A few weeks ago, I attended my first Game Developers Conference otherwise known as GDC, which is held annually in San Francisco. The Ad Council launched Game for Good this past summer, which is a focused effort to bring our social good messaging to gamers. A key piece to understanding this community is learning about the people who create the games players are passionate about.
Who Plays Games?
The stereotypical image of a 14-year-old boy playing video games in the basement has long been shattered, but the gaming space is experiencing some shifts. Geoffrey Zatkin from the company EEDAR, which was recently acquired by the market research company NPD, shared the latest data on who makes up the gaming community. The average age of console gamers is 35 (37 for mobile gamers). He noted that even the term “gamer” should be replaced by “entertainment consumer” given that 65 percent of the U.S. population owns a device on which people play games.
The biggest shift has been in casual gaming – gamers who played casual games on consoles like Wii or Nintendo have been moving over to PC and mobile (both phones and tablets). Remember when the big news was more families playing together on the Wii? Evidently console gaming has reverted to a “core” audience, which is 60 percent male/40 percent female. Women make up 55 percent of mobile gamers. And, you know all those free-to-play games that entice you to buy boosters? Fifty percent of players NEVER do. Yeah, that’s me.
The other big trend from this talk was the massive increase in people getting their console games digitally. Physical game cartridges aren’t going the way of the dinosaur yet, but the digital download community STEAM now boasts 150 million active users.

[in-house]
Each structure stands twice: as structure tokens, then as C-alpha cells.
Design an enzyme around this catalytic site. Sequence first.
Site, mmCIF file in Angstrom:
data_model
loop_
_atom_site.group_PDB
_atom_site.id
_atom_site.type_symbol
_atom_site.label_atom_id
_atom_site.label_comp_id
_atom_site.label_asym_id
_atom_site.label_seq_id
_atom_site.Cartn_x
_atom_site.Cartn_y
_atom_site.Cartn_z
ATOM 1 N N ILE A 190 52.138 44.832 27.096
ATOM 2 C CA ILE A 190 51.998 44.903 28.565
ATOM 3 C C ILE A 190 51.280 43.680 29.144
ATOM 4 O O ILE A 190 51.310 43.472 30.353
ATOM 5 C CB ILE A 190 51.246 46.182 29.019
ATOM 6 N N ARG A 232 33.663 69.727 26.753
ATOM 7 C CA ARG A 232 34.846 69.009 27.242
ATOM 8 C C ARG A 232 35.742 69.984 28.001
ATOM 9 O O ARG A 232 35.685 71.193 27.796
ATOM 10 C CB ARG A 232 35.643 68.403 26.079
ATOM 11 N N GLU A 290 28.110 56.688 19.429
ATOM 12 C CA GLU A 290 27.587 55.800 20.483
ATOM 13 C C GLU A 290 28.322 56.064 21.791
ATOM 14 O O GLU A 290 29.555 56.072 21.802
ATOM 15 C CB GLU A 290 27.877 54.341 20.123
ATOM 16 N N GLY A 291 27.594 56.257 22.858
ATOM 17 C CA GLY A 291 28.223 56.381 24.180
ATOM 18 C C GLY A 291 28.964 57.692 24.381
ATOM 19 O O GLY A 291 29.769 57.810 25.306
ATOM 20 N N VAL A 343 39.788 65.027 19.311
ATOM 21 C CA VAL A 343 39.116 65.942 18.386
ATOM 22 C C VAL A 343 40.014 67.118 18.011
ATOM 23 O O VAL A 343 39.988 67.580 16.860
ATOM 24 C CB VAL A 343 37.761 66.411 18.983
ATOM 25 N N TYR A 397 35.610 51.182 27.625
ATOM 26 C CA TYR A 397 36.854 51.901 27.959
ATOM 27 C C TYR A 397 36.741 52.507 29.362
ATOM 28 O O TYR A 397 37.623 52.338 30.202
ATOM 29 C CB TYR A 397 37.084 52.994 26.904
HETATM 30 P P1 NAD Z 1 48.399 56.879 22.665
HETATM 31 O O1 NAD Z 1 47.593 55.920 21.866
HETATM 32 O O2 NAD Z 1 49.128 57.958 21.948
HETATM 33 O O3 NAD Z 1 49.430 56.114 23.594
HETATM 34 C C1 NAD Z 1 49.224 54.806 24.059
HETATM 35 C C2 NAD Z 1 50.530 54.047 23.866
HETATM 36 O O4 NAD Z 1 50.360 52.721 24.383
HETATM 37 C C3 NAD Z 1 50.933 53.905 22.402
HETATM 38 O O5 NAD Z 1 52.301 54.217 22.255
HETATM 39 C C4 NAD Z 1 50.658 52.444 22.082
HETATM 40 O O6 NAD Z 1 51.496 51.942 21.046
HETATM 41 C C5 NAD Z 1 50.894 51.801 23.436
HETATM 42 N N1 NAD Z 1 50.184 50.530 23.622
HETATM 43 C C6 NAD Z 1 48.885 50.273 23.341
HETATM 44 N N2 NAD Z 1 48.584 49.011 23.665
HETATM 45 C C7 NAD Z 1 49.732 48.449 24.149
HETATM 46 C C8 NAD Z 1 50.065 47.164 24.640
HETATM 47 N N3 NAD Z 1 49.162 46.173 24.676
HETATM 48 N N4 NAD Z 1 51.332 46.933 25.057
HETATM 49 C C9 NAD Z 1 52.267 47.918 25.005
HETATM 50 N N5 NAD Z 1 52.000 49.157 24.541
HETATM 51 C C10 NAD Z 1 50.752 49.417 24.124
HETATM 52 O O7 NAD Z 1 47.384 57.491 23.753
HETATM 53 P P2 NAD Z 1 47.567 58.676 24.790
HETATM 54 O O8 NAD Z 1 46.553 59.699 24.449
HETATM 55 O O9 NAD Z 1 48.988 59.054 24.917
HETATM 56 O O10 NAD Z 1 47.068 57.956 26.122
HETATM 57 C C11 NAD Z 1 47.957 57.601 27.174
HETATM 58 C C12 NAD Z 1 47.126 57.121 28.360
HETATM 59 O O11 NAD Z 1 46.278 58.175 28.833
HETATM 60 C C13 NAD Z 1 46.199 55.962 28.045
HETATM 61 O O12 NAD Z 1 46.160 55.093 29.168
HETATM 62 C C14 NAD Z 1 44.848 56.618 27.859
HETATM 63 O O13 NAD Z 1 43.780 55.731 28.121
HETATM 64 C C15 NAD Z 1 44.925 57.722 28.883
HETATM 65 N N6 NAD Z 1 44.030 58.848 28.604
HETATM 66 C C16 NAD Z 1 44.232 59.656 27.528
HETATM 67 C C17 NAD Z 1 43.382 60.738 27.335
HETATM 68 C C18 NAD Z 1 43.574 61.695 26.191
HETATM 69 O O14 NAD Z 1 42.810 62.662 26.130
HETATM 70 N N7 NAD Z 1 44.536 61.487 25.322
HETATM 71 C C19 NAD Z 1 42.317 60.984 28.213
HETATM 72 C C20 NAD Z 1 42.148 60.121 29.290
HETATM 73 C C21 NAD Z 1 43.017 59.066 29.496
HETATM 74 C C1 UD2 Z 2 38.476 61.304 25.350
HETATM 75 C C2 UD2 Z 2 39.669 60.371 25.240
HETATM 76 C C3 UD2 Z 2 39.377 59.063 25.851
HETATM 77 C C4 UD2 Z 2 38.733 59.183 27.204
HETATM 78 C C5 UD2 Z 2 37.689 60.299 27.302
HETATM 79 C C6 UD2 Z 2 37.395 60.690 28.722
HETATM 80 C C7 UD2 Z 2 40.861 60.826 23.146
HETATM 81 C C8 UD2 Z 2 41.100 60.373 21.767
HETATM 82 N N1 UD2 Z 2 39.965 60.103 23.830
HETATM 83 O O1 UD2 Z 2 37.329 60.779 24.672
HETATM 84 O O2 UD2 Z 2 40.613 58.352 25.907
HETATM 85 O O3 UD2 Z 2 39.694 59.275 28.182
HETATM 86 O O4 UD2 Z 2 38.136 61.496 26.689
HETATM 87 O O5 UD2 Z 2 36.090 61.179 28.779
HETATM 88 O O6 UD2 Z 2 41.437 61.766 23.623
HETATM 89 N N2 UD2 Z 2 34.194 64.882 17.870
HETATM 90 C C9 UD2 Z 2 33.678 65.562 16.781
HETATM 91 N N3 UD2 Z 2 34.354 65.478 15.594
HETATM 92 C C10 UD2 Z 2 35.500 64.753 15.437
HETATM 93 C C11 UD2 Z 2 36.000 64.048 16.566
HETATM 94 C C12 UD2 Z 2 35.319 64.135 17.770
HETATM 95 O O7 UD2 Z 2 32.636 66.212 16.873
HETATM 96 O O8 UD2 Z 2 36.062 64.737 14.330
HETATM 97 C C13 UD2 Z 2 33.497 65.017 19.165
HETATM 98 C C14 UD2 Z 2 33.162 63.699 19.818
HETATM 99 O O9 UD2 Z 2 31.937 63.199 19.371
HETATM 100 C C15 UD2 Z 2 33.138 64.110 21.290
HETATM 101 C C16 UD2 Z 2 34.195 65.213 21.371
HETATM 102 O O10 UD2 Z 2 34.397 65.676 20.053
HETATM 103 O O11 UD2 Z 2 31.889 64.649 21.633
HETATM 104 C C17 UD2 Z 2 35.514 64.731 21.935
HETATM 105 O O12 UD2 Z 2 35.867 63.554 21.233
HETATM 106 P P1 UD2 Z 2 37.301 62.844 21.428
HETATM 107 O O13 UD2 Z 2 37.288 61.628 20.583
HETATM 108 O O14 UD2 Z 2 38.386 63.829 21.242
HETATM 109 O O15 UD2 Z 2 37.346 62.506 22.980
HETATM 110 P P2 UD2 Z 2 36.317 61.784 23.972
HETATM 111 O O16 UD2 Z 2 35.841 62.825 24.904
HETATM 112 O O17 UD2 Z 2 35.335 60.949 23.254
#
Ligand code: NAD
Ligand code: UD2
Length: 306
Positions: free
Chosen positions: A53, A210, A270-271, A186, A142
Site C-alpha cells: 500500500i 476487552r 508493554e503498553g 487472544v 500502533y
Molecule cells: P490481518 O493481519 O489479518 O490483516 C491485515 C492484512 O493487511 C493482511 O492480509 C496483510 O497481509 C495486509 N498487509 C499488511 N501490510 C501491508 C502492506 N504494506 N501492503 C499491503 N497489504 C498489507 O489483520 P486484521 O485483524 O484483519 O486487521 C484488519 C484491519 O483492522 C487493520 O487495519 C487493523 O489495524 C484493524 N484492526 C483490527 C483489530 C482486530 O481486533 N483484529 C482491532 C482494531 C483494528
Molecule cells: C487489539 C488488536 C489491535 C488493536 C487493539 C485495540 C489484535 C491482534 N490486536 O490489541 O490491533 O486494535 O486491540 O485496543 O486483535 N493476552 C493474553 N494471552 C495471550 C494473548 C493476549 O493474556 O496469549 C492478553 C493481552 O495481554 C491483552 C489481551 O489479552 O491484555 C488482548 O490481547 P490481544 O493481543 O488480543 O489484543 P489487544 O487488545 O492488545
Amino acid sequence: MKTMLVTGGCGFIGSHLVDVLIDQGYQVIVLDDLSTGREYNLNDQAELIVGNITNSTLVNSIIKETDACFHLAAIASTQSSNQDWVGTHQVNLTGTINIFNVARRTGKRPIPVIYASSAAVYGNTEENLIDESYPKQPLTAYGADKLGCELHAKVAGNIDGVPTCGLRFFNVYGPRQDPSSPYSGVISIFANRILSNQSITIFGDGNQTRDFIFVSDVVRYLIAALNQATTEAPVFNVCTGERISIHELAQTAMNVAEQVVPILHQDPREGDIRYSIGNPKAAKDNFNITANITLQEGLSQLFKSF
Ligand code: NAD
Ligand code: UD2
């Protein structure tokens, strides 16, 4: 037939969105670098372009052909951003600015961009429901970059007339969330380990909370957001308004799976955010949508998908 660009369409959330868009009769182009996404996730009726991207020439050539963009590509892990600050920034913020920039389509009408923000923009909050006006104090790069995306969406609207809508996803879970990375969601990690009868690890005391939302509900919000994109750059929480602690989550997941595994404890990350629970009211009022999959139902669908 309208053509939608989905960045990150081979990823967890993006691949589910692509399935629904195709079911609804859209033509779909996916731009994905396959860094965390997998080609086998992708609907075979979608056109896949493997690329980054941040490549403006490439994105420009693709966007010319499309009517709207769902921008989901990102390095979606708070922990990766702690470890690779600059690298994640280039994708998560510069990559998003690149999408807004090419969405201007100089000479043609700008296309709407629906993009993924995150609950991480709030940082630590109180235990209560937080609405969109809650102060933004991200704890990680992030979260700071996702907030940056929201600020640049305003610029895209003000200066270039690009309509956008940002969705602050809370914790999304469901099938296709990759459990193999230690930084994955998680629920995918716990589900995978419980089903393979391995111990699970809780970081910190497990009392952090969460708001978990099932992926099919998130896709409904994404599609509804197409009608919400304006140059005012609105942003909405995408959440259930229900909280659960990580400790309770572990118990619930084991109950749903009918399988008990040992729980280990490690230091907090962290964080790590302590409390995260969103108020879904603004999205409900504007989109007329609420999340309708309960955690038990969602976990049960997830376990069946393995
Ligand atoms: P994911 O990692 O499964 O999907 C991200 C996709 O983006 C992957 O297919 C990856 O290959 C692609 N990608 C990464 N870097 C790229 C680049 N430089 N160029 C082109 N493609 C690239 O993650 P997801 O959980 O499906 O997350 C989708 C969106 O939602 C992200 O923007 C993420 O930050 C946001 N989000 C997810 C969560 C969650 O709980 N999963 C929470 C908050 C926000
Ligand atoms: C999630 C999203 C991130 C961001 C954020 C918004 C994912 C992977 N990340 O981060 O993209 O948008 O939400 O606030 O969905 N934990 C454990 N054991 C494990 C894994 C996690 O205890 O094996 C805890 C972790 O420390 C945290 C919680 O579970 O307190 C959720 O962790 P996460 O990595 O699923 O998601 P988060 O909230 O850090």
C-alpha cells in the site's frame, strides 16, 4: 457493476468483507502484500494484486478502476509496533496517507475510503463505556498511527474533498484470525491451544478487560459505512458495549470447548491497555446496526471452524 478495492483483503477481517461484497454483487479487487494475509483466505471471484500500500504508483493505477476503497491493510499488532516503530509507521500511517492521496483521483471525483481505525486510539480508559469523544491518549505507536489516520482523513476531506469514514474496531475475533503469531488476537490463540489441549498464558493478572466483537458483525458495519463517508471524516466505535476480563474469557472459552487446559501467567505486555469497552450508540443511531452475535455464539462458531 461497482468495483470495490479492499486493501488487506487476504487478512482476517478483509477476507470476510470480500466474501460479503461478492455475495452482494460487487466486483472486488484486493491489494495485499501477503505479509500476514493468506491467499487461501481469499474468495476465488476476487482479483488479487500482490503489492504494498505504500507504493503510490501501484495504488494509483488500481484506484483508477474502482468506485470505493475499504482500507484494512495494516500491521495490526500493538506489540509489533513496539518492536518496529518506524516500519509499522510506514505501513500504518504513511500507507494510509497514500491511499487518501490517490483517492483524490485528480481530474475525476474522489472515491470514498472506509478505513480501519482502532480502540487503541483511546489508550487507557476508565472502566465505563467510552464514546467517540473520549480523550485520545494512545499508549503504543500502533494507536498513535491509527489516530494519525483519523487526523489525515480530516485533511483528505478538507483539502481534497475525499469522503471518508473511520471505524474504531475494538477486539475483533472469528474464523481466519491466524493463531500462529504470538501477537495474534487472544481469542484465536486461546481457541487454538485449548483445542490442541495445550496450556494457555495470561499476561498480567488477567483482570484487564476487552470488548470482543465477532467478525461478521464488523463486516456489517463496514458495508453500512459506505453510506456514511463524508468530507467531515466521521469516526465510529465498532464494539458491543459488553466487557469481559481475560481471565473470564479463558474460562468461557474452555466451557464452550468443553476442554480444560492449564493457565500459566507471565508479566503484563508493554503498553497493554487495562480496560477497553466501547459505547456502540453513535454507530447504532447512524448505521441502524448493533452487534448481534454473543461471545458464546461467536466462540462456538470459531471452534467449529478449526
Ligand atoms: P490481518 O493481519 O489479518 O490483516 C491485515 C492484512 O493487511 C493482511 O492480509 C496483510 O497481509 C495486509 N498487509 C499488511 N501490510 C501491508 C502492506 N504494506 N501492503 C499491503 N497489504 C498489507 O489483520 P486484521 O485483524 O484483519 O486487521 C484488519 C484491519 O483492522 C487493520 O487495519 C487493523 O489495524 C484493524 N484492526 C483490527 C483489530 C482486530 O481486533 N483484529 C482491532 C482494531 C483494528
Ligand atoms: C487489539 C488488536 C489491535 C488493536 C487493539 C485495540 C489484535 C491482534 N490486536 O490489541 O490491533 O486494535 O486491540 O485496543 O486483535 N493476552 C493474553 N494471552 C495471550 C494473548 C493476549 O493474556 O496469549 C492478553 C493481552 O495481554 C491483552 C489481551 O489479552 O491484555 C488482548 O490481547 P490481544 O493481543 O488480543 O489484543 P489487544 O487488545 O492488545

Diversity: ‘A Great Saga Needs All Types of Heroes’
The gaming industry has upped its game when it comes to diversity and inclusion. There were roundtables, micro talks and larger sessions sponsored by Ubisoft, King, Riot and others all focused on the issue of diversity and inclusion. Whether that’s the storylines and characters in the games or in recruiting, hiring and building a diverse company culture, GDC offered several opportunities for attendees to think about and discuss diversity. I attended a session focused on designing diverse characters led by two female game designers from King, the company that produces the ubiquitous Candy Crush mobile game, called Crush the Norm. They joked that while most of their characters are candy, the company is beginning to add human IP to some of its other titles, and have instituted a simple process to assess a games inclusion level. They talked through the “norm” in how characters are represented – western culture, Caucasian, neither young or old, able bodied, heterosexual, stereotypical body type and male. The audience was asked to look at sets of popular video game characters and identify which characters “crushed” each of the norms. Blizzard’s popular game Overwatch got several shout outs throughout the conference for featuring a diverse set of characters that defy the norms. Check out the stream under #1ReasonToBe for tweets about diversity in the gaming space.
Social VR and Connected AR Demand Strong Community Management
The most provocative session I attended was Ralph Koster’s talk about virtual and augmented reality in gaming. Koster began with a personal anecdote where he was being interviewed by a famous CEO of a large social media company (hint: Hoodie). It was his opportunity to ask the CEO a question, and he asked about the ethical implications of social VR and connected AR. The CEO responded, “What are the ethical implications?” Koster didn’t get the job. He argues that when you take up the tools of online world design, you are designing societies. And societies demand rules. He used the recent examples of a woman being “groped” in VR and the questionable behavior of Pokemon Go players to illustrate the need for more active community management in VR/AR spaces. In Koster’s dystopian future, VR, AR, the internet of things and location based services will all combine to make the “real world” more like a virtual world where we are all players. He made a plea for game designers, who “are mostly about helping others enjoy life,” to take on designing this new world ethically.